Ben Buckley, Lowy’s handpicked successor of O’Neill, maintained the A-League’s original model with less success.  The national teams have struggled and the FFA World Cup bid wasted more than $45 million somewhat controversially and ultimately without success.  A-League attendance grew during Buckley’s first two seasons, but then declined in the ensuing four years.  More troubling is the fact that almost as many teams have left (three plus Newcastle) as joined (four plus Western Sydney) the A-League since Buckley took over in 2006.

Lyall Gorman was hired from Central Coast Mariners in 2010 to serve as “Head of the A-League”.  Gorman has mainly been a hard-working bureaucrat handling operational issues, while leaving the policy making and important decisions and negotiations to Buckley and Lowy.

Crisis management

An important reflection of the Leagues’ structure and leadership is their respective success in crisis management.  After MLS’ new league novelty began to wear off, it expanded to Miami and Chicago in 1998.  Success in Chicago gave the League a bump, but bad stadium deals, little interest from mainstream media and disrespect from serious soccer fans led MLS to stagnated crowds, falling sponsorship revenue and little interest in expansion.  Neither the League nor any of the teams were generating the necessary revenue to offset operational expenses – not to mention mounting legal costs from a players’ lawsuit challenging MLS’ single entity status.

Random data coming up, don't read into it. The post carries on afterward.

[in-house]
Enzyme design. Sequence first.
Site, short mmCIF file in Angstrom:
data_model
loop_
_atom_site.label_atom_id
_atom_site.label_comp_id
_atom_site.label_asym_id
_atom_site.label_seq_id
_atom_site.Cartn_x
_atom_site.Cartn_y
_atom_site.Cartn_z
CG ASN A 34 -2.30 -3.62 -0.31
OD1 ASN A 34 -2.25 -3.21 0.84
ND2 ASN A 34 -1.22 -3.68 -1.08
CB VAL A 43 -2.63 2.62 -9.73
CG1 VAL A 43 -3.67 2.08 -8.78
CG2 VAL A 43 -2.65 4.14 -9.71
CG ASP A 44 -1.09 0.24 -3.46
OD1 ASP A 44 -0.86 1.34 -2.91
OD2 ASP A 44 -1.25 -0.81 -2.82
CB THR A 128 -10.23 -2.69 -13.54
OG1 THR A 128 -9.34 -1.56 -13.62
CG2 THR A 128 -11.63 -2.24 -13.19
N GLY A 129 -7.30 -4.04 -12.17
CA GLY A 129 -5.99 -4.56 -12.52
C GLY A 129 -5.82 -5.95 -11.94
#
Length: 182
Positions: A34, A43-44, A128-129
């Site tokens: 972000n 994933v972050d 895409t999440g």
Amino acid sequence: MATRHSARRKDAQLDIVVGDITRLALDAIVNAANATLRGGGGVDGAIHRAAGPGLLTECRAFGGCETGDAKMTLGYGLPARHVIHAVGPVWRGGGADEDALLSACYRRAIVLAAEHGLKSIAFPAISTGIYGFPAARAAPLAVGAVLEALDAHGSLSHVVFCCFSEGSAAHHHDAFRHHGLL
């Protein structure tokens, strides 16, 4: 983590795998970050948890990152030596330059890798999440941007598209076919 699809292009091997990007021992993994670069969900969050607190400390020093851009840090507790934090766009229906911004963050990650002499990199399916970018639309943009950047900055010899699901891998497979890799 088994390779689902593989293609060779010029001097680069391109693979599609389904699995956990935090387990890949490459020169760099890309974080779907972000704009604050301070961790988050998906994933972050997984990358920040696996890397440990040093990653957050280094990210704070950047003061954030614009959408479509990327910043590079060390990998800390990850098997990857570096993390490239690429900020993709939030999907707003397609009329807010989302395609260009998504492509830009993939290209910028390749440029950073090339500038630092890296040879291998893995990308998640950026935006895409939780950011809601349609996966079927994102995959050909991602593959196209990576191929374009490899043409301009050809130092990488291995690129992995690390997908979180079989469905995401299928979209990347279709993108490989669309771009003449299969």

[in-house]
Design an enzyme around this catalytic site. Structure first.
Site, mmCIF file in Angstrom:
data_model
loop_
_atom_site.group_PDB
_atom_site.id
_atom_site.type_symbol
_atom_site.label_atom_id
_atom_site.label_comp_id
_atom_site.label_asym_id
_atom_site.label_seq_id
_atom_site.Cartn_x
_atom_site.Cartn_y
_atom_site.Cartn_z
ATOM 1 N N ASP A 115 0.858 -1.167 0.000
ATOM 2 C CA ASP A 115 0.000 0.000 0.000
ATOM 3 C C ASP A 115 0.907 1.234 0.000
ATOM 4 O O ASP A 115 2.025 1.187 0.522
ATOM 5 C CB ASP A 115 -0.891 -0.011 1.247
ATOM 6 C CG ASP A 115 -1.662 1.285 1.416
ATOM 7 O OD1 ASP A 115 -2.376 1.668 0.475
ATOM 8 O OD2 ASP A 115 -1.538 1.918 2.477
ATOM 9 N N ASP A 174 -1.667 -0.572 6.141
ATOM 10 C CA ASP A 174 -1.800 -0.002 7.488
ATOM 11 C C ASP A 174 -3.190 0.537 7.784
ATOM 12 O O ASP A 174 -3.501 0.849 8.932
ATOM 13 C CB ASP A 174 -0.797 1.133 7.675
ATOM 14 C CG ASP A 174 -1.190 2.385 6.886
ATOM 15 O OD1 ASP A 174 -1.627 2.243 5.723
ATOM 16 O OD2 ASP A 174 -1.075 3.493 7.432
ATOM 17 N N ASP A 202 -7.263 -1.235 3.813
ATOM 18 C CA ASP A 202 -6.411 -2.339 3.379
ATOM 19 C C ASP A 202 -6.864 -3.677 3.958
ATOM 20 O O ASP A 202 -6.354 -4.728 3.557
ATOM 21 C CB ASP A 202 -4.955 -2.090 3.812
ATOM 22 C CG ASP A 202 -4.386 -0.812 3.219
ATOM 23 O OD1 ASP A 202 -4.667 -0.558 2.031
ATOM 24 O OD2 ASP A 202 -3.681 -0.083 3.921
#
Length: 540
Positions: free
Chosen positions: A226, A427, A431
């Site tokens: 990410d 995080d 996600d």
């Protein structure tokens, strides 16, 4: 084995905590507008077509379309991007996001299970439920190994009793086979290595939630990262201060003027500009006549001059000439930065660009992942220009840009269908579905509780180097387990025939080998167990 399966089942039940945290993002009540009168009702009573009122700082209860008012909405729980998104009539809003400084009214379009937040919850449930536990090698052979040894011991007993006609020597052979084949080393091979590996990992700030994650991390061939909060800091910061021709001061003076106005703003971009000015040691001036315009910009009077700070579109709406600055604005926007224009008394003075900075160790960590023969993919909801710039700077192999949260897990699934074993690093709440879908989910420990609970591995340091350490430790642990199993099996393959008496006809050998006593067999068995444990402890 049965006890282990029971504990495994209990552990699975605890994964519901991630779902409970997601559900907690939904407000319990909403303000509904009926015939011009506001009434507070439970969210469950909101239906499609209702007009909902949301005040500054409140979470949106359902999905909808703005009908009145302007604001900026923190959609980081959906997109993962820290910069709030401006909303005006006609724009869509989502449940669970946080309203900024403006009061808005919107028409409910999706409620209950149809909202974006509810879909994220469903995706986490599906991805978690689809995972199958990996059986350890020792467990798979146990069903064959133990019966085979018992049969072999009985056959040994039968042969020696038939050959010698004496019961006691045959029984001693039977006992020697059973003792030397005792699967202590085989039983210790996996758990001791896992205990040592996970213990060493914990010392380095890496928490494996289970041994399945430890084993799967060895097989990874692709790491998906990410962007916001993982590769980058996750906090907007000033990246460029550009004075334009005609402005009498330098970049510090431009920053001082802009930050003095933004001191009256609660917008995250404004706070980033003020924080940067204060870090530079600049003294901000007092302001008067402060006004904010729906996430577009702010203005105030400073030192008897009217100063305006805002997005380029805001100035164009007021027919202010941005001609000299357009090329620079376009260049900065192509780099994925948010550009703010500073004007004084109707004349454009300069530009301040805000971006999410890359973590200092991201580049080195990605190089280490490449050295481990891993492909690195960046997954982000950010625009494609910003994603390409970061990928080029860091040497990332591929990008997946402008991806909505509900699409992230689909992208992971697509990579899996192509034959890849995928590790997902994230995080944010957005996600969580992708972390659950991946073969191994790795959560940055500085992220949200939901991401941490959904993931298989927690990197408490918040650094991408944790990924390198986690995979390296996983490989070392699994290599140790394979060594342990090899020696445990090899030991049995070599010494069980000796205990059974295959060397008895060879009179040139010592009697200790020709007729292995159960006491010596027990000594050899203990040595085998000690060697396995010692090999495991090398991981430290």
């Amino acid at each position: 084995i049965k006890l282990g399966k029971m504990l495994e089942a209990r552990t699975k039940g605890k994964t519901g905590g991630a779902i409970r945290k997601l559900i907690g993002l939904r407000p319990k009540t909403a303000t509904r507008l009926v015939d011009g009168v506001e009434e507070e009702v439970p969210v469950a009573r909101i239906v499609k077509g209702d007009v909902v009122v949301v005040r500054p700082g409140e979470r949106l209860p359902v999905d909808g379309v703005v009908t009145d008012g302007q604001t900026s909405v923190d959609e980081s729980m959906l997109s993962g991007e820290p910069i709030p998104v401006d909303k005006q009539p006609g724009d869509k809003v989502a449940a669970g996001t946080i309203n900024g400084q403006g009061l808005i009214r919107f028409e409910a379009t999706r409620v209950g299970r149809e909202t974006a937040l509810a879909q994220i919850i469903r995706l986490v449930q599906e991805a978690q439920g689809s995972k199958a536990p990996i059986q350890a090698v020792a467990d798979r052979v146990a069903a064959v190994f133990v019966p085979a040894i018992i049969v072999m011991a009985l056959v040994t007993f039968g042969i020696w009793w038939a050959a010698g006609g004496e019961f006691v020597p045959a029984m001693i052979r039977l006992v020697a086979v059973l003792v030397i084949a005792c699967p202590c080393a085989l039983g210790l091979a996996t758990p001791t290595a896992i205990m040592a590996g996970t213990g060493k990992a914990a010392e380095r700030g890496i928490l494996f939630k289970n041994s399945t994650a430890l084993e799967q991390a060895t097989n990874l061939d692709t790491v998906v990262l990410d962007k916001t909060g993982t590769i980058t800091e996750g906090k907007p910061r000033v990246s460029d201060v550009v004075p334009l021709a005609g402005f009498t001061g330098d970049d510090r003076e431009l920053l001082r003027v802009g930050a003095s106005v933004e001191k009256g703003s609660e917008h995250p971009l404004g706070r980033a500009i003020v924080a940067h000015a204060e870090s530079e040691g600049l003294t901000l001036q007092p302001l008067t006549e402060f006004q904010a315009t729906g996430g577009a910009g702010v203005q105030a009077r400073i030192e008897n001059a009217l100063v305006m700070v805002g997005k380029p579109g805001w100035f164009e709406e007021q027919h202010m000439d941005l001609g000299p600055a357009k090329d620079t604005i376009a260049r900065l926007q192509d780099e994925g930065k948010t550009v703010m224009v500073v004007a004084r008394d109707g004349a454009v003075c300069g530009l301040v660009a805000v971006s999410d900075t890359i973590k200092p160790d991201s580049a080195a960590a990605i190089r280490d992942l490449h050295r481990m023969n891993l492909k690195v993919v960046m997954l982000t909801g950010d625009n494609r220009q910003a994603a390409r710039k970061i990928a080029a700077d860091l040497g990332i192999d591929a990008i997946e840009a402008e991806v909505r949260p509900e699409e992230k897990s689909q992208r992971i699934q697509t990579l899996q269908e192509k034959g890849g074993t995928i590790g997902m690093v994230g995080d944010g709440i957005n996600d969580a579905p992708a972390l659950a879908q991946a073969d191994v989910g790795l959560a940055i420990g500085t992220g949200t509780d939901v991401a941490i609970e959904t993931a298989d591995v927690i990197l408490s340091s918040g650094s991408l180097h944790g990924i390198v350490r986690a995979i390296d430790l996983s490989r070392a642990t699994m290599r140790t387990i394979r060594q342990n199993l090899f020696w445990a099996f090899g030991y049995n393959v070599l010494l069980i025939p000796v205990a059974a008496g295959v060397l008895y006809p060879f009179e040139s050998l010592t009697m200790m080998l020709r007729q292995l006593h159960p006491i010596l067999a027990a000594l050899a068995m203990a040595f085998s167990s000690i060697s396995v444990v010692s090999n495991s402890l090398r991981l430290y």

Despite six years of consistent attendance hovering around 14,000 per game, the League’s future looked bleak in 2001.  No team was close to breaking even, MLS was facing a critical labour-based law suit and there were few signs that the future would improve.  Three men owned 90% of the teams and the line to join them was shorter than the line for Clive Palmer fan club membership applications on the Gold Coast.